Also in October, Swedish steel venture H2 Green Steel announced that a number of leading European financial institutions have committed to providing billions in financing for the construction of its hydrogen-based steel plant in northern Sweden.
In addition to €3.3 billion in senior debt from a consortium of banks the project was also supported by a €0.75 billion senior loan from the European Investment Bank. The greenfield project with an annual capacity of 2.5 million tonnes is planned to commence by 2025 and double its capacity by 2030.
As well as steelmakers, miners in Australia – by far the world’s largest exporter of coking coal – have also started to signal the future direction of the sector in 2022. BHP, the biggest of Australia’s coking coal exporters, has maintained that demand for coking coal will continue for decades but is now beginning to acknowledge that hydrogen could replace coal in the face of the acceleration in the technology transition this year.
Of particular note is that BHP CEO Mike Henry stated in November 2022 that the company currently has no “growth capital” allocated to coking coal.
South32, another major Australian coking coal exporter, also made clear in 2022 that it won’t be investing in any more coking coal projects and will wind down its coal business as existing mines are depleted. The company will instead focus on “metals critical to a low carbon future”.
UK steelmakers ask for government support to transition away from coal
As European steelmakers accelerate their shift away from coal assisted by public funding, the UK sector is highlighting the need for government support for their own transition to low-carbon processes. Such a transition will be vital for the UK steel industry to remain competitive.
As European steelmakers shift away from coal assisted by public funding, the UK sector is highlighting the need for government support for their own transition to low-carbon processes.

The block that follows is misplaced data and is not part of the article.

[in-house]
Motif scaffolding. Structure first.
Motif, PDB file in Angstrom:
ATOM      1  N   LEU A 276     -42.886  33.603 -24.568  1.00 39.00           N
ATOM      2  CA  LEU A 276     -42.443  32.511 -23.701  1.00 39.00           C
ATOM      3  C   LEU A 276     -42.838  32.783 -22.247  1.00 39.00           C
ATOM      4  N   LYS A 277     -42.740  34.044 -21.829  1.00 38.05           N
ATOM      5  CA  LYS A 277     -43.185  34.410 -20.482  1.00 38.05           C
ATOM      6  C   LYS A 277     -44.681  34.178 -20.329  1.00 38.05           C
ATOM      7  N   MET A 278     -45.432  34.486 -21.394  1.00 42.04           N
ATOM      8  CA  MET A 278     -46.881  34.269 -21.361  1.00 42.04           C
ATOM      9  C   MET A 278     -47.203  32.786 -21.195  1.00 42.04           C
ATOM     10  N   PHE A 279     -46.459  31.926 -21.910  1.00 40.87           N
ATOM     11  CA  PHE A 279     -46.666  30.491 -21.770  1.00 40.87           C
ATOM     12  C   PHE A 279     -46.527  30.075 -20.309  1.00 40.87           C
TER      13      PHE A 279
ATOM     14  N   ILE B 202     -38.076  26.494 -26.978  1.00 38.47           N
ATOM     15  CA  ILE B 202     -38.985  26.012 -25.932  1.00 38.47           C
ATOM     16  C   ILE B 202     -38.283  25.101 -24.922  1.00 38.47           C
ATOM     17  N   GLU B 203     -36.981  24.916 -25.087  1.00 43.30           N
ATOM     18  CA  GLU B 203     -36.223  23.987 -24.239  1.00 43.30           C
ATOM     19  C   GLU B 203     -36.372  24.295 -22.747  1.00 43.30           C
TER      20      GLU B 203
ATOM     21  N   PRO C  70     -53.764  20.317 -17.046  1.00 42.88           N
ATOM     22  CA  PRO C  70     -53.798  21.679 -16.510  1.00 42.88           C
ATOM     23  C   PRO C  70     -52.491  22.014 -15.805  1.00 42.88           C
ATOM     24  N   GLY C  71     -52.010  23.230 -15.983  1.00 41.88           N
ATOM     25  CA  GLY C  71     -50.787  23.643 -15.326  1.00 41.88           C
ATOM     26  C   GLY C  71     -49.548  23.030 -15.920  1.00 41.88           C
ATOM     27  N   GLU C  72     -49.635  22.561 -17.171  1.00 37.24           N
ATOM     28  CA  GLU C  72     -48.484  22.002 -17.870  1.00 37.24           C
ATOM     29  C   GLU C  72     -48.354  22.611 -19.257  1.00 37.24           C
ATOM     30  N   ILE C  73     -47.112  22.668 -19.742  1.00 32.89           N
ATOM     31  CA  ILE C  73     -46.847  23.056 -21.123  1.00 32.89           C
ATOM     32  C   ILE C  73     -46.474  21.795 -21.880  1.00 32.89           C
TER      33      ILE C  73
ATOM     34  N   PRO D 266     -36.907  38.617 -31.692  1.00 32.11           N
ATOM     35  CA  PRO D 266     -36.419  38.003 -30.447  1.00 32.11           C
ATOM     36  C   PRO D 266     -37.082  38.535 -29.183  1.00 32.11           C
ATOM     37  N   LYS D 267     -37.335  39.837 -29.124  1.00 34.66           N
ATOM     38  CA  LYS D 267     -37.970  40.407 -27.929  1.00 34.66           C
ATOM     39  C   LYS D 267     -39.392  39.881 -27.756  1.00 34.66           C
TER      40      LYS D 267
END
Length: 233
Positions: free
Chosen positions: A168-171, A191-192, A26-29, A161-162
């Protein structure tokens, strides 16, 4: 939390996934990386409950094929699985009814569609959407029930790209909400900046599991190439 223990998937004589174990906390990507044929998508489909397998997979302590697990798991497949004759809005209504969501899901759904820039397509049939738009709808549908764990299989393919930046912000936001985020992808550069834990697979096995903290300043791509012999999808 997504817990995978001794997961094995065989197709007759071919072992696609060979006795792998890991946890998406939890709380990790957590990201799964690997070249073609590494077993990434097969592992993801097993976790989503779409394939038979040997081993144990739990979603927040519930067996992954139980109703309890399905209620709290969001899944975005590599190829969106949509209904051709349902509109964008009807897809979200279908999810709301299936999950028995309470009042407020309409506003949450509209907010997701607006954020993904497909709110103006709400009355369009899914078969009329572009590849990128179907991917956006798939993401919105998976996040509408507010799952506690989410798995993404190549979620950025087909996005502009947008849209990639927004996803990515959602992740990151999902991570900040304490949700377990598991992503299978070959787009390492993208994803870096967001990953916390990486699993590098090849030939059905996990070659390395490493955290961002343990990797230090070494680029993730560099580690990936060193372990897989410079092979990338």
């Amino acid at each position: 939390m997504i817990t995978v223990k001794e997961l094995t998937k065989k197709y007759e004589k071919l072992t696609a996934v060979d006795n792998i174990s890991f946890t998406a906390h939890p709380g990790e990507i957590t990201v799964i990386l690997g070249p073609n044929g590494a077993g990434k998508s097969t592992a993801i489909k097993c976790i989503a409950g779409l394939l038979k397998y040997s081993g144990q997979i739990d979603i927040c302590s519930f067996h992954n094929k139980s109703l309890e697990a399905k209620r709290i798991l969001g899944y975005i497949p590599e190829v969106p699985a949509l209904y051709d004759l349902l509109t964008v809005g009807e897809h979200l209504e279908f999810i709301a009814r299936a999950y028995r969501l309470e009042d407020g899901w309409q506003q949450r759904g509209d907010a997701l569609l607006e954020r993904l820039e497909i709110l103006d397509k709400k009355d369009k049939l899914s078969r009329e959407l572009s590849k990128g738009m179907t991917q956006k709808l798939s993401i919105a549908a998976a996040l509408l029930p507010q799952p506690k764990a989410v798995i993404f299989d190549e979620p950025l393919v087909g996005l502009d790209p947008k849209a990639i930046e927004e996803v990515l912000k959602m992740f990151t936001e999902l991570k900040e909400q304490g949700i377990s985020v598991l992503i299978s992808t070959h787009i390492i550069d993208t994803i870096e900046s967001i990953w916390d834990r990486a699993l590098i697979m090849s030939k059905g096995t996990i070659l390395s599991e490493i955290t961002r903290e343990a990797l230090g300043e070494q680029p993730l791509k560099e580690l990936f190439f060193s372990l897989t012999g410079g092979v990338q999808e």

Tata Steel UK has warned that it needs government support to transition to low-carbon steelmaking and Jingye-owned British Steel has also made clear that its coal-consuming blast furnace operations are unlikely to be viable without government aid.
The Climate Change Committee – independent advisor to the UK government – has said the UK steel industry must be “near zero” emissions by 2035 if the government’s 2050 net zero emissions target is to be met.
UK steel production is on course for a record low in 2022 and the country faces the prospect of becoming the only major economy without the capacity to produce primary steel if Tata and British Steel are forced to shut down operations.
If the UK government wants to avoid this, it will likely need to provide financial support to steelmakers to help them transition away from coal in order to remain viable in a carbon-constrained future.
It already seems clear that little of the coal from the new Cumbria mine will be used by the UK steel industry. But if the government moves to support the steel sector’s transition away from coal – as Europe is already doing – then approval for the new coal mine makes even less sense.